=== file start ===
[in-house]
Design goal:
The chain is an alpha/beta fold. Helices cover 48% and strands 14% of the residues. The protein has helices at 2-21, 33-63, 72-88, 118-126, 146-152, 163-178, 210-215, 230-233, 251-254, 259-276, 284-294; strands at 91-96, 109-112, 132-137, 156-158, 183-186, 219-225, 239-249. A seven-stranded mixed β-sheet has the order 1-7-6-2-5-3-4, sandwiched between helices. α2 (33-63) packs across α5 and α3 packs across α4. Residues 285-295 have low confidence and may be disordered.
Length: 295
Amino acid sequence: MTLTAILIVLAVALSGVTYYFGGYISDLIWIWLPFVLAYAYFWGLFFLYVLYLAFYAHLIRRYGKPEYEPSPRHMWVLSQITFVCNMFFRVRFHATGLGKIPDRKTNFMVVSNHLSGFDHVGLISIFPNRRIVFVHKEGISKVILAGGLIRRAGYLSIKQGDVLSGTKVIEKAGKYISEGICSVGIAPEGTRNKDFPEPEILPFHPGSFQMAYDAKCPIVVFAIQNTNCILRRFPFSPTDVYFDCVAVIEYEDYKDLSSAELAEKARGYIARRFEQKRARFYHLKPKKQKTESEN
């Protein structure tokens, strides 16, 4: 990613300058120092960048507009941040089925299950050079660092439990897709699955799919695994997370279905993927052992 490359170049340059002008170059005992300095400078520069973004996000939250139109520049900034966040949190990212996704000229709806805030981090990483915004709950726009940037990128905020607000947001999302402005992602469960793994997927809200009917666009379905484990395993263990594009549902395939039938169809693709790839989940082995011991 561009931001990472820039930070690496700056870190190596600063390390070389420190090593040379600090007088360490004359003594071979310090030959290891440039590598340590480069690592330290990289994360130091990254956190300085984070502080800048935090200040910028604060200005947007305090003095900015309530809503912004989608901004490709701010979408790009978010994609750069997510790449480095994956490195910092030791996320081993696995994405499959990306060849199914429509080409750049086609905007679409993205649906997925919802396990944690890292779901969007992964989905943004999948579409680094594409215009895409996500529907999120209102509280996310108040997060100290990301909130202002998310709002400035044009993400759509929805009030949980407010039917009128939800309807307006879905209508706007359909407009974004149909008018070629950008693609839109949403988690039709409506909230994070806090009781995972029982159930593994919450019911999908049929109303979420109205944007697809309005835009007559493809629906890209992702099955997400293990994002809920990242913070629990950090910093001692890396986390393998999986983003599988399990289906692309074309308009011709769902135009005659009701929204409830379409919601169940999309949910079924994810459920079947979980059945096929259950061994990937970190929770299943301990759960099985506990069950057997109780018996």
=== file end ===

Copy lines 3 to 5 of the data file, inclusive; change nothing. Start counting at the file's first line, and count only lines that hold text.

The chain is an alpha/beta fold. Helices cover 48% and strands 14% of the residues. The protein has helices at 2-21, 33-63, 72-88, 118-126, 146-152, 163-178, 210-215, 230-233, 251-254, 259-276, 284-294; strands at 91-96, 109-112, 132-137, 156-158, 183-186, 219-225, 239-249. A seven-stranded mixed β-sheet has the order 1-7-6-2-5-3-4, sandwiched between helices. α2 (33-63) packs across α5 and α3 packs across α4. Residues 285-295 have low confidence and may be disordered.
Length: 295
Amino acid sequence: MTLTAILIVLAVALSGVTYYFGGYISDLIWIWLPFVLAYAYFWGLFFLYVLYLAFYAHLIRRYGKPEYEPSPRHMWVLSQITFVCNMFFRVRFHATGLGKIPDRKTNFMVVSNHLSGFDHVGLISIFPNRRIVFVHKEGISKVILAGGLIRRAGYLSIKQGDVLSGTKVIEKAGKYISEGICSVGIAPEGTRNKDFPEPEILPFHPGSFQMAYDAKCPIVVFAIQNTNCILRRFPFSPTDVYFDCVAVIEYEDYKDLSSAELAEKARGYIARRFEQKRARFYHLKPKKQKTESEN